Inspired by their works our Gallery shop has developed a beautiful range of gifts both in-store and online.
From jewellery to scarves, prints to rugs and even award-winning wallpaper you can enjoy the striking bold prints of the Omega Workshops wherever you are.
Visit our shop at:
Or shop online: courtauldshop.com
We have a copy of The Bloomsbury Cookbook: Recipes for Life, Love and Art to give away, with two complimentary tickets to the Gallery.
This beautiful volume published by Thames and Hudson is packed full of illustrations, quotations and nearly 300 recipes.
In July 1913 the Omega Workshops opened to the public. To win, tell us –
What was the London address of the Omega Workshops?
Email your answer, full name and postal address to firstname.lastname@example.org to enter!
Competition closes Thursday 20 August 2015, 10am.Collection, Displays, Shop | Tags: Bloomsbury, competition, Cookbook, Duncan Grant, Omega Workshops, Roger Fry, Vanessa Bell | 1 comment
The Courtauld’s newest instalment is finally ready and has now been sitting proudly on display for over a week. The Venetian bowl (I have become accustomed to calling it ‘my’ bowl) is small but a lot of time, consideration and work from many people has gone into its display. From Sacha Gerstein’s curatorial eye to Graeme Barraclough’s experience as a conservator, Colin Lindley’s mount-making efforts and many more, the one tiny bowl had a lot of fantastic people working hard behind it, including my own research!
I arrived bright and early on a beautiful sunny day at The Courtauld on the day of the installation. Due to works being carried out on the galleries lifts, the glass case had to be physically carried up the flight of stairs to its new home. However, this was luckily the last hurdle the project had to make before being completed.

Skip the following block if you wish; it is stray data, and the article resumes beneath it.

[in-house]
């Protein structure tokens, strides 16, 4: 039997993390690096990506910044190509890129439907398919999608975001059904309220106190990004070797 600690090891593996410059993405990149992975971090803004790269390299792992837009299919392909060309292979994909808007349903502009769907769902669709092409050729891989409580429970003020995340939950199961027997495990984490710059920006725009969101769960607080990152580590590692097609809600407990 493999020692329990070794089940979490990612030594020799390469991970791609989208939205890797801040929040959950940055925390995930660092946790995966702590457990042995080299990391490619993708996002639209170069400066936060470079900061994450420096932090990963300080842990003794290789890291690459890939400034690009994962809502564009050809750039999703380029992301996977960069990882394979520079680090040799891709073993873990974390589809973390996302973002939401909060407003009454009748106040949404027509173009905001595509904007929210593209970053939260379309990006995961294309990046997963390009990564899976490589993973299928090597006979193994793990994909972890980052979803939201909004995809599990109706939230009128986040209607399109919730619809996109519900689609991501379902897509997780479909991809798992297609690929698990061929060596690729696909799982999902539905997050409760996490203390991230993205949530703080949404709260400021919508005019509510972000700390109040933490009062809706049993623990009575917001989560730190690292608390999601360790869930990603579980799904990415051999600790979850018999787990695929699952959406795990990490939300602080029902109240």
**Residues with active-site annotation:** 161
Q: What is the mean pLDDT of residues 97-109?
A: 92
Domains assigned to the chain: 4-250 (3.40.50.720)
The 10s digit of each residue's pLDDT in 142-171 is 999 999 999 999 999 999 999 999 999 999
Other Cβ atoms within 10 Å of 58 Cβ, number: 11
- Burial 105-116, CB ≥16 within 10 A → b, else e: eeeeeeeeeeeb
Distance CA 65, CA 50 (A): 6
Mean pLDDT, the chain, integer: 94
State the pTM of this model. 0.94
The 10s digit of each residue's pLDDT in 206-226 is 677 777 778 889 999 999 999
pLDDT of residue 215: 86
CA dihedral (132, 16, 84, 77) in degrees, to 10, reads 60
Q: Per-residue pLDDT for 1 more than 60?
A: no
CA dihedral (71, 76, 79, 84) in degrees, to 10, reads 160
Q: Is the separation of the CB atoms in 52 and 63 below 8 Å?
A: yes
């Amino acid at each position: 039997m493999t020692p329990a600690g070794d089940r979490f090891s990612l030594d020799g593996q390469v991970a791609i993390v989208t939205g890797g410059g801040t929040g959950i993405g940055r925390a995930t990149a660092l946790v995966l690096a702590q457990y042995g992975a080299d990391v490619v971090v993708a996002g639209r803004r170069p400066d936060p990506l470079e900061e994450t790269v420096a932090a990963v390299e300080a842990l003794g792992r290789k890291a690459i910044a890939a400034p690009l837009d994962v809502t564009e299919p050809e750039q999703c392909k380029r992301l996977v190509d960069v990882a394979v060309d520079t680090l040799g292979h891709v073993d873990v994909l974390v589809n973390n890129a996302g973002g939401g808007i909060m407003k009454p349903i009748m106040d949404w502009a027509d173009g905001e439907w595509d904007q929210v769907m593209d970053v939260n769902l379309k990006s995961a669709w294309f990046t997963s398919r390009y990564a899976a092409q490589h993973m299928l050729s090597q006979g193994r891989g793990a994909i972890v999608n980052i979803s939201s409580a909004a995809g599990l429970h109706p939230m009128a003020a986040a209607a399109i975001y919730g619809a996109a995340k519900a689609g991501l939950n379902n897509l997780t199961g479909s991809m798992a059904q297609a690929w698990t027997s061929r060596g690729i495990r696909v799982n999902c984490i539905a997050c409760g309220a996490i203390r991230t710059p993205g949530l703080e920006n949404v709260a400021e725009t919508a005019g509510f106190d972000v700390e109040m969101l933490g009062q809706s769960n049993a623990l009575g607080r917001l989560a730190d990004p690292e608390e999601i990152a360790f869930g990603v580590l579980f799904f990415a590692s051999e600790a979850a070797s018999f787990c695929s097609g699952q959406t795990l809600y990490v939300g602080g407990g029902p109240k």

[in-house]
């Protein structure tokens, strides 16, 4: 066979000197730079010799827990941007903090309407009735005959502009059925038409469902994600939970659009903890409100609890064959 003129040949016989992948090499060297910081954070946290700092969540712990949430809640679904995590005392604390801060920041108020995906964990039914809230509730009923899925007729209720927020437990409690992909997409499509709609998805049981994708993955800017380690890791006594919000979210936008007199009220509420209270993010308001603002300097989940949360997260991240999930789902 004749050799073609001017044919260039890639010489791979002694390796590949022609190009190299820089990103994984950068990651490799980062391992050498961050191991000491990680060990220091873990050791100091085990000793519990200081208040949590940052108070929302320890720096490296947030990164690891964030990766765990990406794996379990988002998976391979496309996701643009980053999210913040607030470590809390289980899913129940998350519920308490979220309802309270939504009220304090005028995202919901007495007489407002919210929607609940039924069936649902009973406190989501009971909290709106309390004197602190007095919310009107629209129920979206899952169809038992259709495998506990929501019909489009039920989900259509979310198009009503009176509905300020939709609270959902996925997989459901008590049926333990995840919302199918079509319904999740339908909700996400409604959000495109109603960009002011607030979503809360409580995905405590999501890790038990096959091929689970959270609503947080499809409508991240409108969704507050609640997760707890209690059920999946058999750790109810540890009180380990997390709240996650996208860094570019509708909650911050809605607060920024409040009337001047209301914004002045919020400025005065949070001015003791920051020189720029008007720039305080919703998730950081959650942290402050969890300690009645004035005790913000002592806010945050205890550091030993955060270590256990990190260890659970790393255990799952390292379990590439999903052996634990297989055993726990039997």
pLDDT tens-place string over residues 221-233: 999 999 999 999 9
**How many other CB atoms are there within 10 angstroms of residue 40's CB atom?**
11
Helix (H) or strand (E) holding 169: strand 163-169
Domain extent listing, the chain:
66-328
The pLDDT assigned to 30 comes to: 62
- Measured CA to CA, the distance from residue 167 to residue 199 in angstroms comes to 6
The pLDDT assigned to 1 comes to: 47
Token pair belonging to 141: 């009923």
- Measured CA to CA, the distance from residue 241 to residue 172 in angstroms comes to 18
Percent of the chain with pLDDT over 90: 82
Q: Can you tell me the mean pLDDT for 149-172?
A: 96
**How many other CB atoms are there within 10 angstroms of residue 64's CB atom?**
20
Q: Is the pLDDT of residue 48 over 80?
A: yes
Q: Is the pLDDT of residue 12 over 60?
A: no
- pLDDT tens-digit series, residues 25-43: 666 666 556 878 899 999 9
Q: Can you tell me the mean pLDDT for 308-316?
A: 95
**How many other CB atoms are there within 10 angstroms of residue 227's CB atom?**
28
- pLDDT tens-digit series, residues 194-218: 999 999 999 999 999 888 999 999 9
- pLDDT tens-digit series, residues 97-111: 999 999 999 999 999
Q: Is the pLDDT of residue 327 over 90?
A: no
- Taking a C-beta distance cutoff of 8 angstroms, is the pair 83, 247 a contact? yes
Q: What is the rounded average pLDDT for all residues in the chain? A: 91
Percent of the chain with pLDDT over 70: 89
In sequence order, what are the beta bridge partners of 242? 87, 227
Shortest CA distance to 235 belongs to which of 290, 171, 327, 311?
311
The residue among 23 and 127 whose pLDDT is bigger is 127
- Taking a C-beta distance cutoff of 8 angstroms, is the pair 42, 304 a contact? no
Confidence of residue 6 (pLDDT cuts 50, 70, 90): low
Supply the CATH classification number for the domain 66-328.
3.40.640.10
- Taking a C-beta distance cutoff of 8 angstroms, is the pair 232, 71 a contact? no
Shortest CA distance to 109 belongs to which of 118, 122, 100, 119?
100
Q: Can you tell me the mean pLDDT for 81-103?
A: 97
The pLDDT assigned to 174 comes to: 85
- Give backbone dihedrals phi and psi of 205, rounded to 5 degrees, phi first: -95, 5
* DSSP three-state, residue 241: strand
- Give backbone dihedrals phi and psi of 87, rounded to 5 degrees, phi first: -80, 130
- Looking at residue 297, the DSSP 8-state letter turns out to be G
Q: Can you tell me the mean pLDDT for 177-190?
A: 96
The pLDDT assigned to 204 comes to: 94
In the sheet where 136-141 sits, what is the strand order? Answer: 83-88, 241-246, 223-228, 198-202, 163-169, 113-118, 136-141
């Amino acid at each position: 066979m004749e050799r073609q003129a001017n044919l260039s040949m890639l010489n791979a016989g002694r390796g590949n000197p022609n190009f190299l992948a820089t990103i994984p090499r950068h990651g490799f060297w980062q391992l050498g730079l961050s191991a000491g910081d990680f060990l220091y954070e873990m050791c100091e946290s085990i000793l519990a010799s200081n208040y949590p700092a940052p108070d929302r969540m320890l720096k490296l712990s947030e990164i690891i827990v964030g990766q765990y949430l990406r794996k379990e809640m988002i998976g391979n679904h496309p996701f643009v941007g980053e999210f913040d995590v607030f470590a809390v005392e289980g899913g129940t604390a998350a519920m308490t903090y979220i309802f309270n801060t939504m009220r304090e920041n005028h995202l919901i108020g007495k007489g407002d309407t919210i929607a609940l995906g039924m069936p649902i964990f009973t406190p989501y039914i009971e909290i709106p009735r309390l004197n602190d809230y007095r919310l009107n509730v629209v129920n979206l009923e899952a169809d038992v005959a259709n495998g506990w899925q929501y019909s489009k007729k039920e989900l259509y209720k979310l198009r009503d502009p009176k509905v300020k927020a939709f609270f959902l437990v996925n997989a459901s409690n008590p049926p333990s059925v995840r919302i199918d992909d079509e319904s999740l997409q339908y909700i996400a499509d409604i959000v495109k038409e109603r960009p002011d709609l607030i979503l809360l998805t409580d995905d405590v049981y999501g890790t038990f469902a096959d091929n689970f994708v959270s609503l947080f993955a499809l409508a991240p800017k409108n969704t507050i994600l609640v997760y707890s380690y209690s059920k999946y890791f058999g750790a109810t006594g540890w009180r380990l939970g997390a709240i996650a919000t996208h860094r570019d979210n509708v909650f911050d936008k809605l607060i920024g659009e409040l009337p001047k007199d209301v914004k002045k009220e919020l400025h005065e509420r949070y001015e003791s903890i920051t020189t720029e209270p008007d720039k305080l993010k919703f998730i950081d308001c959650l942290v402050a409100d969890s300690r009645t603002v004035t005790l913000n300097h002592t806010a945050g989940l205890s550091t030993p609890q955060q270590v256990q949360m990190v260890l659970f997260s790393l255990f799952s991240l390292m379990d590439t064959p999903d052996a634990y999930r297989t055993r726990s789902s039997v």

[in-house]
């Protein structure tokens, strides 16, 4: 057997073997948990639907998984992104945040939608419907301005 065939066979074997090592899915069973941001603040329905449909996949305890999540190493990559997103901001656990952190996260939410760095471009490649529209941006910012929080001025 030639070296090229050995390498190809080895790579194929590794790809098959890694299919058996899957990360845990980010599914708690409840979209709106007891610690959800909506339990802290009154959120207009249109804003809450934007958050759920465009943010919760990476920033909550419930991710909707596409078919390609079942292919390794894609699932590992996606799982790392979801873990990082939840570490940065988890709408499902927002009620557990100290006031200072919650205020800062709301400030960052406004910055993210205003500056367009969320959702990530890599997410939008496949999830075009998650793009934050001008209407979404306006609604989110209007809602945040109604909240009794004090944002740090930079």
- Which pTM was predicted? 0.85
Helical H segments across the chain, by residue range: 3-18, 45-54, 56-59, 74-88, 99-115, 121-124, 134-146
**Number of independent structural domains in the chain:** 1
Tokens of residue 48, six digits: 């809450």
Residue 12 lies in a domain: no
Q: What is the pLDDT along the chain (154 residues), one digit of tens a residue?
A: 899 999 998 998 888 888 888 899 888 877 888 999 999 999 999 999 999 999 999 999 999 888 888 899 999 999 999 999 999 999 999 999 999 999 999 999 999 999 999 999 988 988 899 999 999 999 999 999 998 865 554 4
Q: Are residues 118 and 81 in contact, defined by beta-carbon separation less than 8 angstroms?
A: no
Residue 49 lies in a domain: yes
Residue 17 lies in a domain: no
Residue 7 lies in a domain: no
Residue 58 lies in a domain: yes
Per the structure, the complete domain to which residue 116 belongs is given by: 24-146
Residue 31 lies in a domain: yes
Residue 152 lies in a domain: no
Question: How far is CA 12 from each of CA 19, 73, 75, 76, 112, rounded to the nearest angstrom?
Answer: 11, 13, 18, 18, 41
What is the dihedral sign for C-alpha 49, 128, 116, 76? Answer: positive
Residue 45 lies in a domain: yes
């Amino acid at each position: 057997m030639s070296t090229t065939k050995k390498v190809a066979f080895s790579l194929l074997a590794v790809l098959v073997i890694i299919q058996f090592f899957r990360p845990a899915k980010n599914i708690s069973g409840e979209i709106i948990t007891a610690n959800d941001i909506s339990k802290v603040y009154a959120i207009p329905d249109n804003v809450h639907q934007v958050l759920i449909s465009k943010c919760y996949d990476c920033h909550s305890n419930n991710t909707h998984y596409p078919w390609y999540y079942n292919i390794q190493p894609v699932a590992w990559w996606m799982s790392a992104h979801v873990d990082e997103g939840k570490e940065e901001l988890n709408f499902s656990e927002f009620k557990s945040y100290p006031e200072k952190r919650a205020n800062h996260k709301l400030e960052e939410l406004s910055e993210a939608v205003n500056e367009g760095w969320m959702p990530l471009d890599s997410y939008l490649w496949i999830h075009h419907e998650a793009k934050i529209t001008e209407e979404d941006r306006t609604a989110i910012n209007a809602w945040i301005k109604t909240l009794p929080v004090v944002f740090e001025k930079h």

After some adjustments to the mount, and the application of new lettering and positioning of text labels, it was time for the bowl to be installed. The chalcedony glass that makes up the bowl has a fascinating quality of glowing bright red when a bright light is shone directly at it. Because of this, we wanted to get the lights in the case at just the right angle to produce some of this for visitors to see.
Another difficulty was how to angle the bowl. The inside of the bowl has a milky pale green colour, nowhere near as beautiful as the swirling patterns on the outside, which is much more interesting to look at, and relevant to the bowl’s history. This faced us with a small problem, because short of displaying the bowl upside down (in which case it would cease to look much like a bowl), one side of the cabinet was going to have a view of the inside of the bowl.
In a last-minute change (quite literally, just minutes before the glass hood was secured into place!) we decided to try turning the bowl round by 90 degrees. It sounds silly, but having the bowl side-on wasn’t something that had occurred to us! This way, both ‘viewing’ sides of the case, where the text panels are, get a brilliant view of the bowl’s exterior.
And with that, we ushered ourselves out of the gallery as the first members of the public arrived for the day.
The whole process of completing the Illuminating Objects internship has been eye-opening to a whole world I had never truly contemplated before. It has been hard work, but also fascinating, and immensely rewarding.
Thank you to everyone at The Courtauld (and beyond) who has given their time and assistance to this project. Special thanks to Sacha Gerstein for her guidance and expertise, and for giving me the opportunity to take part.Categories: Displays, Illuminating Objects | Tags: aventurine, bowl, copper, glass, Illuminating Objects, installation | Leave a comment